I have had many an enjoyable rant over the past months and years concerning the idiocy of food exclusion diets in general and the low-carb fad in particular. So why did I even contemplate giving this a go?
Looking back over the 2013 season, it’s abundantly clear that my biggest weakness was running. This is partly due to my previous sporting background – elite rowers, especially small ones, tend to transfer very well to cycling, and the swimming lessons I’d had as a child helped more than I’d anticipated.
However, this didn’t fully explain the difference: my swim was strong, my bike was stronger and my run was mediocre at best. For the 2014 season I need a step change in my running.
Consulting a running expert, we developed the following plan of attack:
- Change my running shoes to Asics – one pair for longer runs, and a lighter pair for intervals
- Change my run training from predominantly long, slow distance to intervals and runs off the bike
- Lose a lot of weight very quickly, so that the impact on my training closer to race season is minimised
Estimates vary wildly regarding the effect that losing x amount of weight will have on y marathon time, but there appears to be a consensus that, all else being equal, the less you weigh, the faster you will go.
The diet I was to follow was not one I’d heard of before: for 3-4 weeks, to achieve rapid weight loss (NOT to “convert my body to run on fat” or any other such unscientific nonsense), I was allowed meat, fish, any fruit except bananas, any veg except potatoes. I could eat as much as I liked, but only of these foods. Dubious but desperate, I decided to try it.
The impact on my training, my bank balance and my mood was immediate and devastating. I was light-headed, nauseous and unable to concentrate. My long bike ride the following Sunday was close to my slowest ever. And it rapidly became apparent that the cost of fuelling a 20-hour training week on high quality food that doesn’t include fat or carbohydrate is astronomical.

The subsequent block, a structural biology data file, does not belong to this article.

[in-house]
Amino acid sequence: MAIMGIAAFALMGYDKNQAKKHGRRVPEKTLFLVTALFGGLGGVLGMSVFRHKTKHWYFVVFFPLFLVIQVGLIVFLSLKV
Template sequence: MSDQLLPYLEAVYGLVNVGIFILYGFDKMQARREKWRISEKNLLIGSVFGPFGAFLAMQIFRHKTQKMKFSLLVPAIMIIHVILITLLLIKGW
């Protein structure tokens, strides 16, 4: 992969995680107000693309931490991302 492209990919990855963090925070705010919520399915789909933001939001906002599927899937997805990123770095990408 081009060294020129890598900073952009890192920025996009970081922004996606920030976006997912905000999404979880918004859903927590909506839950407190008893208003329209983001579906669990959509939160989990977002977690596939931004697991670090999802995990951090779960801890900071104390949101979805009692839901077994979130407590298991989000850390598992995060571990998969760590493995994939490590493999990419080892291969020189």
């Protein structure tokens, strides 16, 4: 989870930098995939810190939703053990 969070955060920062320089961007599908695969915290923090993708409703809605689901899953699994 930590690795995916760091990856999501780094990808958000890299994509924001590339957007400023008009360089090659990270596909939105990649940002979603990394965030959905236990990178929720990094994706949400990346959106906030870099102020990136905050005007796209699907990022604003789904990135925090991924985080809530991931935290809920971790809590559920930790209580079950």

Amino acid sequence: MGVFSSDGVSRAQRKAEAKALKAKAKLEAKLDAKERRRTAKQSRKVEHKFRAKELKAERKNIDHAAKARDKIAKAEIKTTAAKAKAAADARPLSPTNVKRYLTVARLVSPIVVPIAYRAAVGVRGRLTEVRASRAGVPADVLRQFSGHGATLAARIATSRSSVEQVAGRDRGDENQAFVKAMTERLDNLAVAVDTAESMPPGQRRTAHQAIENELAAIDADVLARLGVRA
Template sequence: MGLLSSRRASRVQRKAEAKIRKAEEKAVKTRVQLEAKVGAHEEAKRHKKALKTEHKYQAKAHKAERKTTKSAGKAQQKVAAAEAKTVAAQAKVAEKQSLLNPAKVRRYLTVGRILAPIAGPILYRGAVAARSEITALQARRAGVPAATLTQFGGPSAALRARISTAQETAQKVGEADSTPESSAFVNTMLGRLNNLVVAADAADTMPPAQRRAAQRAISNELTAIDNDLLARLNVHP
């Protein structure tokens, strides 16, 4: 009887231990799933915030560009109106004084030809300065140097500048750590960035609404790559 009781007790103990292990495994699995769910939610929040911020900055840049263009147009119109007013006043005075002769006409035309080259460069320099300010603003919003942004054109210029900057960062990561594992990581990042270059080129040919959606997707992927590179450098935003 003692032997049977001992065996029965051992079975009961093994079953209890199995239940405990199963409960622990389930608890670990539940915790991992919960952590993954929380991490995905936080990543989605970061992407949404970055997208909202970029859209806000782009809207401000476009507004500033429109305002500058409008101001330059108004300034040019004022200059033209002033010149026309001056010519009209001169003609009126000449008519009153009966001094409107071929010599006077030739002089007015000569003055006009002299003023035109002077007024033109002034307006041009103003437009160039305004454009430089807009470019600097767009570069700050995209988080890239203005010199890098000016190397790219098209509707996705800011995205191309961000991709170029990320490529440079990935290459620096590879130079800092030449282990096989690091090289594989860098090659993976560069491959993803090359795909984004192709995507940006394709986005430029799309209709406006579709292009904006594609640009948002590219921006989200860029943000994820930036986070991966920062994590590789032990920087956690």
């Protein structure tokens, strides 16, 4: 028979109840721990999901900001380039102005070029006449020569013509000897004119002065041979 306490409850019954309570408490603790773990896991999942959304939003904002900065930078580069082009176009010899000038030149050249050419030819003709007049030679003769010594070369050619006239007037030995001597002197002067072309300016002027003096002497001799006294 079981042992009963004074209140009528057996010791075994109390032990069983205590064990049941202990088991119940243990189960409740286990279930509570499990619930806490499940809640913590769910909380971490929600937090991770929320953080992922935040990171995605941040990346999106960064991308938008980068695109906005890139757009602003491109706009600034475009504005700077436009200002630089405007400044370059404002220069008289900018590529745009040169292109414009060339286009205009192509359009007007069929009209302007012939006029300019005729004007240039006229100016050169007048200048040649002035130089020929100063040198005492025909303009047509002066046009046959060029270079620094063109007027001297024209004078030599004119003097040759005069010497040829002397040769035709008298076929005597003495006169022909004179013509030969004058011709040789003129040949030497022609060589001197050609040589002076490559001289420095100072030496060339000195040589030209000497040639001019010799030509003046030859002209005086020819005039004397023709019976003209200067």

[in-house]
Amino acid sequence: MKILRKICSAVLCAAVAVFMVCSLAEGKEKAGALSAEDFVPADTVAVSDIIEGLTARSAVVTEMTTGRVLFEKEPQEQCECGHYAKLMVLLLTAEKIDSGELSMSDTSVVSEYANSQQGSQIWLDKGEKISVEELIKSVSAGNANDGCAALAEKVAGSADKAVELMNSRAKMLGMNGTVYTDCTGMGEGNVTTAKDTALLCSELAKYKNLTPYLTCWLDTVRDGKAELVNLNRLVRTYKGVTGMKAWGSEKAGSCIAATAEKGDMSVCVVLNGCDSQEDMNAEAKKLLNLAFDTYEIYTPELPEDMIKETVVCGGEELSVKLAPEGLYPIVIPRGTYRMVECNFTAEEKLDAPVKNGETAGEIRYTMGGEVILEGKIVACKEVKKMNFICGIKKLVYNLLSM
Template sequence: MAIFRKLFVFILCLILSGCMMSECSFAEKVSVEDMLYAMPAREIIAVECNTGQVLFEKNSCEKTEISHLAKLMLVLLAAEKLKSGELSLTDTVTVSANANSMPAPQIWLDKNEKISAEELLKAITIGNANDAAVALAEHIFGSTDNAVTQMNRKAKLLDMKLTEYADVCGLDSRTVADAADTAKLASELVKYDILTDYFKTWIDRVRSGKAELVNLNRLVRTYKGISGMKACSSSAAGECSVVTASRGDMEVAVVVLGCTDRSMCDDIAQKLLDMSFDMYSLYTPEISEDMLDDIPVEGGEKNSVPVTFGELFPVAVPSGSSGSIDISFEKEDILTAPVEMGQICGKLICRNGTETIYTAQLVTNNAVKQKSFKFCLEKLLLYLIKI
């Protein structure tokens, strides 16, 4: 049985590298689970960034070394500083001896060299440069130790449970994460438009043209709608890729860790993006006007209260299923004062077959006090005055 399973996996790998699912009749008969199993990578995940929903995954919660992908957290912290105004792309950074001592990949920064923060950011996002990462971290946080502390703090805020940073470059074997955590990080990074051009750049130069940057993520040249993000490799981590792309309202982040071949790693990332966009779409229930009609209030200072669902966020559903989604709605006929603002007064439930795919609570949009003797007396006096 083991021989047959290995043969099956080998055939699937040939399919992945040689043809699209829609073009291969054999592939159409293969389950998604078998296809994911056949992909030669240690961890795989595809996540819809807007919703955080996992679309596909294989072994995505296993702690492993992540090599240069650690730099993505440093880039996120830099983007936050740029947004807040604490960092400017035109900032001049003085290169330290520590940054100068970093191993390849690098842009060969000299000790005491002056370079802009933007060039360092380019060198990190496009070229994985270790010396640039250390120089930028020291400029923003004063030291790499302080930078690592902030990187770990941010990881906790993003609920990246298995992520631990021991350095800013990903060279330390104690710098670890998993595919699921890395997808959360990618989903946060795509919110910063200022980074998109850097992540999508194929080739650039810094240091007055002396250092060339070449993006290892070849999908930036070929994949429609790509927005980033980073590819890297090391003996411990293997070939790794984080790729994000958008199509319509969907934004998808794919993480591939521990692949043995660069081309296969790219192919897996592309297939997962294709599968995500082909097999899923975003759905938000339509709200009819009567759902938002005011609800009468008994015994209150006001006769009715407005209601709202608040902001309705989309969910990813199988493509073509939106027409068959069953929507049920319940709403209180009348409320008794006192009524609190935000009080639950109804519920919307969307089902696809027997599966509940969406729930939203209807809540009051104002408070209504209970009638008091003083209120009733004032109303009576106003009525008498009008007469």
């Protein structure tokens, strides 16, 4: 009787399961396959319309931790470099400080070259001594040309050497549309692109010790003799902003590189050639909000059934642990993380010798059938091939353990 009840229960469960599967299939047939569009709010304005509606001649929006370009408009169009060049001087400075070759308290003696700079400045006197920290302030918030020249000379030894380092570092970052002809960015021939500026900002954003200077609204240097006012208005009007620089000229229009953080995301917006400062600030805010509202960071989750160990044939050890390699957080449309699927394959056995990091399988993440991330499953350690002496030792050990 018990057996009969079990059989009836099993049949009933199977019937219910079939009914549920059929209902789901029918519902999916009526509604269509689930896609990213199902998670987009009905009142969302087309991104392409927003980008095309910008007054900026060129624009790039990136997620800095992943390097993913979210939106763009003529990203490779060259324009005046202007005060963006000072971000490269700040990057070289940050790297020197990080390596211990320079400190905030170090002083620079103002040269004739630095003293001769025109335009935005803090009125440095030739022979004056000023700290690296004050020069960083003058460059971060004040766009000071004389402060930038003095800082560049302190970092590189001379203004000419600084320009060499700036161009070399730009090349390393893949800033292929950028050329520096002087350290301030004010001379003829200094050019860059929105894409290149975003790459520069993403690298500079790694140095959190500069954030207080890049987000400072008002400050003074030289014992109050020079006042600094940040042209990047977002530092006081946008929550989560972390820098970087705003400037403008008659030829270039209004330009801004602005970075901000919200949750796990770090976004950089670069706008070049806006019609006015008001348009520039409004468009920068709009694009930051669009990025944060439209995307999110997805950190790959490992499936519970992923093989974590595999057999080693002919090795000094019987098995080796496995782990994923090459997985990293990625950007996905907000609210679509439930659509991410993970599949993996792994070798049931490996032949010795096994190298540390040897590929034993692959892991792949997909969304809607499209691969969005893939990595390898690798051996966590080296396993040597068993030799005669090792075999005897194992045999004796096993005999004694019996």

Still, I thought, it was my first long ride since the break after Kona; never mind that I’d smashed the first few, slightly shorter rides, it must be just the lost fitness from 2 weeks of rest. The scales still read the same, but I figured there was more fibre inside me with all the extra fruit and veg I’d been scoffing. I stuck to it for another week. In my defence, my brain was starved of sugar by this point!
The following Sunday’s ride was even slower. Training felt like going through the motions and a route that had previously been well under 4 ½ hours now took over 5. That afternoon, at Sunday lunch with friends, I watched Ed refuelling properly on a delicious roast dinner while I picked at the meat and veg, then went home and binged on salad and ratatouille. Rage ensued.
The next day, after two weeks of rigorously sticking to a diet that was supposed to show drastic results within 3-4 weeks, the only thing that was any lighter was my wallet.
I floated around doing some swim drills first thing, then ran a very slow mile repeats session in a hypoglycaemic haze, focusing only on finishing the session and trying to drive myself home safely.
I’d called Ed before leaving to go running and explained how terrible I was feeling. Some further research on his part suggested that my body had probably gone into starvation mode: whatever it had done, it was clinging onto the weight as stubbornly as I was sticking to the rules of the diet.
We therefore decided that I was “officially allowed to stop doing the stupid diet” and that the “calories in < calories out” method was, as I had previously suspected, the only sensible way to lose weight.
24 hours later, I have had some proper food, though still less than I need to maintain weight: I don’t deny that I need to shift it to optimise my performance. The first decent turbo session for 2 weeks has been done and my post-training-tiredness is back to a manageable level. Perhaps most importantly I have stopped bursting into tears and am now merely hungry rather than homicidal…